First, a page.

But he does mention that the audience there is what is known as a “class” audience. “The subject of a film like Kabhi Alvida... was rejected by audiences in India. But over there, the audience went for the content—they understood the look at marriages and divorces. The same applies to My Name Is Khan and Secret Superstar, which interestingly did brilliant business in China. The audience there thus also looks beyond the typical Hindi film, towards mature subjects.”

A senior trade analyst, on condition of anonymity, scoffs at the collection figures, especially in China, of Secret Superstar, dismissing them as “Aamir Khan’s PR machinery, because no media or audience can check them even if they do have the inclination. But I look only at actual figures.” Adarsh, however, insists that the film did garner great success, and did exceedingly well even in the US and Australia, to give just two examples, despite underperforming in India.

This analyst maintains that the dull phase is also because the novelty of a star has worn off. “When stars are seen everywhere and are accessible even on a mobile phone, how can people retain the desire to watch them. Earlier, everyone was interested in their life, now all that is known!”

Shaikh notes that Yash Raj Films, Dharma Productions, Rajshri Productions and Excel Entertainment “tailor most of their films for a foreign audience.” Again, Adarsh denies this, and explains, “Any banner cannot afford to alienate the huge Indian market. Let me tell you that business done overseas, however good — and with some films it is exceptional cannot change the verdict on a film! The Indian business is what matters. Yes, maybe some filmmakers experiment with certain themes that our audiences don’t end up appreciating or identifying with, but in the end, it is the Indian business that matters!”

In most cases, therefore, there is a confluence of thoughts among viewers. “When 83 flopped over here, it underperformed even overseas. But while Happy New Year was a “plus” (it made nominal profits) film here, it did much better overseas,” notes Adarsh. He does accept that certain banners and filmmakers have a branding there. But again, it is about content. A film like Gangubai Kathiawadi (dismissed by some authorities as a flop in India in terms of return on investment — the vital index all through) was fabulous, especially because of Sanjay Leela Bhansali’s branding.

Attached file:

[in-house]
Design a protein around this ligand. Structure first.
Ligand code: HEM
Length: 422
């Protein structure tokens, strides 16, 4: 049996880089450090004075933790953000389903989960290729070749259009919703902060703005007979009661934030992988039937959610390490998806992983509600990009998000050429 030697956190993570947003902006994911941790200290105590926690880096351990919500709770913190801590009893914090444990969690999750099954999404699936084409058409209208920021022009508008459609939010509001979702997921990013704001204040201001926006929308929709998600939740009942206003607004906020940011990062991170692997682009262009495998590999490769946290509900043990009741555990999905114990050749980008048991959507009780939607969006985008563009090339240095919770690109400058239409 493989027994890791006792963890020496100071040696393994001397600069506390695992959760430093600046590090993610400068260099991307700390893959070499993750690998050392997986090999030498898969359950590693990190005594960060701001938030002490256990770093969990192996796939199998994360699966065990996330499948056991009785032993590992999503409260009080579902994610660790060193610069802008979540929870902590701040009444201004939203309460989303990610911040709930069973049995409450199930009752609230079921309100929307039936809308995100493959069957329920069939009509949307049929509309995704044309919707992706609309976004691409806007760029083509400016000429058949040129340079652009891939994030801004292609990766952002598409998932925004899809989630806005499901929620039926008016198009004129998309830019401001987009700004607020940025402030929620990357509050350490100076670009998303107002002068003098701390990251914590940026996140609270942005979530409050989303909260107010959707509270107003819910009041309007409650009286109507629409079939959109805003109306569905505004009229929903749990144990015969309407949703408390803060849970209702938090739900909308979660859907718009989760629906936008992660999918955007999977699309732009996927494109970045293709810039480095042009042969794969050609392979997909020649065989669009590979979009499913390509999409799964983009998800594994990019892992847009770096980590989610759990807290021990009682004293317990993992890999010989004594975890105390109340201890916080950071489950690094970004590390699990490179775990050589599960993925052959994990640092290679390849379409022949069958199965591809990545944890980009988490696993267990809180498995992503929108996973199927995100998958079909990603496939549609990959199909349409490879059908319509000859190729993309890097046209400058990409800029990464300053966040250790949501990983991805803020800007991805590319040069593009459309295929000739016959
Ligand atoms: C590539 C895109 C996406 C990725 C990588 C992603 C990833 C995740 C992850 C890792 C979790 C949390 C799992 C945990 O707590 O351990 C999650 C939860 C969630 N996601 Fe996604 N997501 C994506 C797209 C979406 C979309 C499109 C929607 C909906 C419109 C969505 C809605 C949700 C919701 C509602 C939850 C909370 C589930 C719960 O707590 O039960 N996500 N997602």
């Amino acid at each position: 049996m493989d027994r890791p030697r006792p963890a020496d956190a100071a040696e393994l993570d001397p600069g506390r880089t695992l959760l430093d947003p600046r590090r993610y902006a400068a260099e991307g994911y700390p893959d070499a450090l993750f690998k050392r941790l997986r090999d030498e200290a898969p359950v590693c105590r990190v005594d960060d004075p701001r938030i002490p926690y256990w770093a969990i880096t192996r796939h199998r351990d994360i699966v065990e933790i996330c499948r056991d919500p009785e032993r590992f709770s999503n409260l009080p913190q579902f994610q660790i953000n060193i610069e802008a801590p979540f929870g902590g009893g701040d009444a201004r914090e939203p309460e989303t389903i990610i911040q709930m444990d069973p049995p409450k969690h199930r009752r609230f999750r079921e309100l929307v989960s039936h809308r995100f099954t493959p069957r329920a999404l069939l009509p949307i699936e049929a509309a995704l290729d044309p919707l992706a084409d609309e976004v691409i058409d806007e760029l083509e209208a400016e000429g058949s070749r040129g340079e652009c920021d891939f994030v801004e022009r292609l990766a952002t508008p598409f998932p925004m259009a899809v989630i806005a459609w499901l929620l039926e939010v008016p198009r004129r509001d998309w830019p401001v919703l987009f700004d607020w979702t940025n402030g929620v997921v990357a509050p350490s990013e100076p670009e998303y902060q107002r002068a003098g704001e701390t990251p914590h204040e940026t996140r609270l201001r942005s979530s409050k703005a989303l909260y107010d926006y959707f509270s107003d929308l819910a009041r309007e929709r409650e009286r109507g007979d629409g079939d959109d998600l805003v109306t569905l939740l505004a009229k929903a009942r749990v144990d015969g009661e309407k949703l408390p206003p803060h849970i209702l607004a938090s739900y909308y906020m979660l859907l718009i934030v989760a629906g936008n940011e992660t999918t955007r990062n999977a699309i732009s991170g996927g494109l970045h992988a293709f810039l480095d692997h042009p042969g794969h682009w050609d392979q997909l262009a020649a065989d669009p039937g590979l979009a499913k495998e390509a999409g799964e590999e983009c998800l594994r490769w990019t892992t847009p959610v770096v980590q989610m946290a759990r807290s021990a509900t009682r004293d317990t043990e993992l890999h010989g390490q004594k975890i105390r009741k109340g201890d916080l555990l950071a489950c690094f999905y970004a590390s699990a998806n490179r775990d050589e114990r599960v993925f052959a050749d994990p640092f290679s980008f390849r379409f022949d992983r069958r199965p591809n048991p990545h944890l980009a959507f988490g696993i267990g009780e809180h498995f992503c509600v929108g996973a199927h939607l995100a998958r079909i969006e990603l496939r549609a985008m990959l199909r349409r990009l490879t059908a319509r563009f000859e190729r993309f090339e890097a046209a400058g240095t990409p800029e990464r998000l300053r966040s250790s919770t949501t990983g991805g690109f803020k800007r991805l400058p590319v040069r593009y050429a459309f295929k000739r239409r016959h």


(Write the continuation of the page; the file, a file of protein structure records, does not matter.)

In the olden days, Raj Kapoor was one filmmaker who had a ready audience (after Awara) in Russia and was also known elsewhere. His films like Jagte Raho (1956) and Mera Naam Joker (1970), which failed miserably at home, did super business overseas, while his Indian blockbusters Sangam, Bobby and Ram Teri Ganga Maili went on to do epic business abroad. Shaikh points out, “I remember when Rajesh Khanna’s superstardom ended, he still continued to be a powerful force overseas for some years!”

In the final analysis, we come across certain indisputable facts:

90 percent of Hindi films abroad are watched by the Indian diaspora (Indians, Pakistanis and a few other South Asians) alone. The markets for a global audience have still not opened up.

Content rules, and family entertainment with songs, dances and stars are top priority.

And yet, “class” content like Kabhi Alvidaa Na Kehna or My Name Is Khan, which are rejected outright in India, are also liked.

Certain stars and top filmmakers do have a branding and higher appeal there. Still, an Aamir Khan can be rejected for Laal Singh Chaddha after a good opening, and Shamshera can be junked despite the Yash Raj Films-Ranbir Kapoor combination.

The biggest truth is that foreign business, in the final analysis, cannot change the verdict on a film, business-wise. Ultimately, there is just a quantitative difference.

And, as always, a few exceptions prove the rule!

Also Read: As Laal Singh Chaddha, Raksha Bandhan and Liger fail, theatre owners shut down screens till release of Brahmastra; Manoj Desai temporarily shuts down Galaxy cinema